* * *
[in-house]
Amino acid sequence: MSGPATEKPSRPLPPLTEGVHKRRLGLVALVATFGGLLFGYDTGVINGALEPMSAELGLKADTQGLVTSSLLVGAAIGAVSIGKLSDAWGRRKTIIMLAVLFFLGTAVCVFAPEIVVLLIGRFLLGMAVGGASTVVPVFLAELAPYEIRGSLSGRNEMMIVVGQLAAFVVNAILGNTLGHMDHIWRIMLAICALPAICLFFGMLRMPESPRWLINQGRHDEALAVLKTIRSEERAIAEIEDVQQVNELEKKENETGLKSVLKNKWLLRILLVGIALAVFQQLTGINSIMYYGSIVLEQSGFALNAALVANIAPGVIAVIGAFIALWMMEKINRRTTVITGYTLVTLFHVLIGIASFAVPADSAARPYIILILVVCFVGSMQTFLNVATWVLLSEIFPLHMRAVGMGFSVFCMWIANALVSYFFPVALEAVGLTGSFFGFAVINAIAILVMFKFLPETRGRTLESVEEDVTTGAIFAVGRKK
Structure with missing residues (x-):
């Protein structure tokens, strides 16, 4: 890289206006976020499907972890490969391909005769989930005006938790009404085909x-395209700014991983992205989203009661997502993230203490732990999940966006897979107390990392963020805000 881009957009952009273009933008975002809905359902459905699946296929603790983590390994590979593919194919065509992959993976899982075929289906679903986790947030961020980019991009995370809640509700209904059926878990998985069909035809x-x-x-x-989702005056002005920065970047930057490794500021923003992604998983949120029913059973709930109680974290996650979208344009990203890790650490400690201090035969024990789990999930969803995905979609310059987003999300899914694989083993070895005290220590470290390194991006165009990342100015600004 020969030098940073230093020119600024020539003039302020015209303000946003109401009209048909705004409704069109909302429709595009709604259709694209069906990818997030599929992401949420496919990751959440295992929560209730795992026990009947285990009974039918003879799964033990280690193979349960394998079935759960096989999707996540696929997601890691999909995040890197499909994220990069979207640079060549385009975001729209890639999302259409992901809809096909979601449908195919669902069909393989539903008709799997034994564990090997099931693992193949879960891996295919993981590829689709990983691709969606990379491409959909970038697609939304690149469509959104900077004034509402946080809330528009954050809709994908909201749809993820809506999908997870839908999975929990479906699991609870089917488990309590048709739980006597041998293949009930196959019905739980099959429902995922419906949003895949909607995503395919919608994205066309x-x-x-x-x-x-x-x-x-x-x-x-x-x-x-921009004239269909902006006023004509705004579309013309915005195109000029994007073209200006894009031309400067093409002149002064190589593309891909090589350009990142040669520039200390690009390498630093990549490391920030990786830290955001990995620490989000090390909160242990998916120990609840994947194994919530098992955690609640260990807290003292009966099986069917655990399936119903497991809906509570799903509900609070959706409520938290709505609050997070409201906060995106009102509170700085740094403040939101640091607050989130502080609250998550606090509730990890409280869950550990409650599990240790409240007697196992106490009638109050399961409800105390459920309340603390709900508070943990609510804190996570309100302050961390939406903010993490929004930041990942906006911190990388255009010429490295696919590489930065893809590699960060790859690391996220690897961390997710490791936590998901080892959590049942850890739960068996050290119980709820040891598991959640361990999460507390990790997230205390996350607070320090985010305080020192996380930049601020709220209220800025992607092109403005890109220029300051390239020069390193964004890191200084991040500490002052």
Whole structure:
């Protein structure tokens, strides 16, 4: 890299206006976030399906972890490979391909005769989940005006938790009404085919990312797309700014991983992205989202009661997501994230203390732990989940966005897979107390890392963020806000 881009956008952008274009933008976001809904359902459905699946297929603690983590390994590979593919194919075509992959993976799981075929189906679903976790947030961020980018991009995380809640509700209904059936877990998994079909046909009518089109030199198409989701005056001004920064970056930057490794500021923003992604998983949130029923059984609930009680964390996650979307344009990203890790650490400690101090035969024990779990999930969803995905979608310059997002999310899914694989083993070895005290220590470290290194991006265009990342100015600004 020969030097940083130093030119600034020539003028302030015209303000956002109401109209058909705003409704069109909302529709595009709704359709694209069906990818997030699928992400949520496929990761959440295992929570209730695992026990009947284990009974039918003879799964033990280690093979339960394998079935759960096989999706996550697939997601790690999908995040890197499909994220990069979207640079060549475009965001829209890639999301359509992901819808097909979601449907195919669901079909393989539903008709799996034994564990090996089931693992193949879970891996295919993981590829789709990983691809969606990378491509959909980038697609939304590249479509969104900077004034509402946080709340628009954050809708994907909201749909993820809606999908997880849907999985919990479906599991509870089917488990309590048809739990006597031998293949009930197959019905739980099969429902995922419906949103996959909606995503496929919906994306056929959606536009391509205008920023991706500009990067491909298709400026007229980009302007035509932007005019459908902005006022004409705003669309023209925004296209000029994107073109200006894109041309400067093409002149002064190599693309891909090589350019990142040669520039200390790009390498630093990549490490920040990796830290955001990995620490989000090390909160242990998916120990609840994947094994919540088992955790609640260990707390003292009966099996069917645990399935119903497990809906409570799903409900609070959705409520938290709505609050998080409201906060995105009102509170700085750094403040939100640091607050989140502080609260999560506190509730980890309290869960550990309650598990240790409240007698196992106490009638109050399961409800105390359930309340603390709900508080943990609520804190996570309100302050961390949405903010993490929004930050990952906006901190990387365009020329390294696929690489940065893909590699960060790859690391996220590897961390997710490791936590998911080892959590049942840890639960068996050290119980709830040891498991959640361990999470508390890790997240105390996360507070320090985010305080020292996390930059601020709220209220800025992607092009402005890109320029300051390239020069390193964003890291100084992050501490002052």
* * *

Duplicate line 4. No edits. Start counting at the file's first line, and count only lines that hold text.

């Protein structure tokens, strides 16, 4: 890289206006976020499907972890490969391909005769989930005006938790009404085909x-395209700014991983992205989203009661997502993230203490732990999940966006897979107390990392963020805000 881009957009952009273009933008975002809905359902459905699946296929603790983590390994590979593919194919065509992959993976899982075929289906679903986790947030961020980019991009995370809640509700209904059926878990998985069909035809x-x-x-x-989702005056002005920065970047930057490794500021923003992604998983949120029913059973709930109680974290996650979208344009990203890790650490400690201090035969024990789990999930969803995905979609310059987003999300899914694989083993070895005290220590470290390194991006165009990342100015600004 020969030098940073230093020119600024020539003039302020015209303000946003109401009209048909705004409704069109909302429709595009709604259709694209069906990818997030599929992401949420496919990751959440295992929560209730795992026990009947285990009974039918003879799964033990280690193979349960394998079935759960096989999707996540696929997601890691999909995040890197499909994220990069979207640079060549385009975001729209890639999302259409992901809809096909979601449908195919669902069909393989539903008709799997034994564990090997099931693992193949879960891996295919993981590829689709990983691709969606990379491409959909970038697609939304690149469509959104900077004034509402946080809330528009954050809709994908909201749809993820809506999908997870839908999975929990479906699991609870089917488990309590048709739980006597041998293949009930196959019905739980099959429902995922419906949003895949909607995503395919919608994205066309x-x-x-x-x-x-x-x-x-x-x-x-x-x-x-921009004239269909902006006023004509705004579309013309915005195109000029994007073209200006894009031309400067093409002149002064190589593309891909090589350009990142040669520039200390690009390498630093990549490391920030990786830290955001990995620490989000090390909160242990998916120990609840994947194994919530098992955690609640260990807290003292009966099986069917655990399936119903497991809906509570799903509900609070959706409520938290709505609050997070409201906060995106009102509170700085740094403040939101640091607050989130502080609250998550606090509730990890409280869950550990409650599990240790409240007697196992106490009638109050399961409800105390459920309340603390709900508070943990609510804190996570309100302050961390939406903010993490929004930041990942906006911190990388255009010429490295696919590489930065893809590699960060790859690391996220690897961390997710490791936590998901080892959590049942850890739960068996050290119980709820040891598991959640361990999460507390990790997230205390996350607070320090985010305080020192996380930049601020709220209220800025992607092109403005890109220029300051390239020069390193964004890191200084991040500490002052």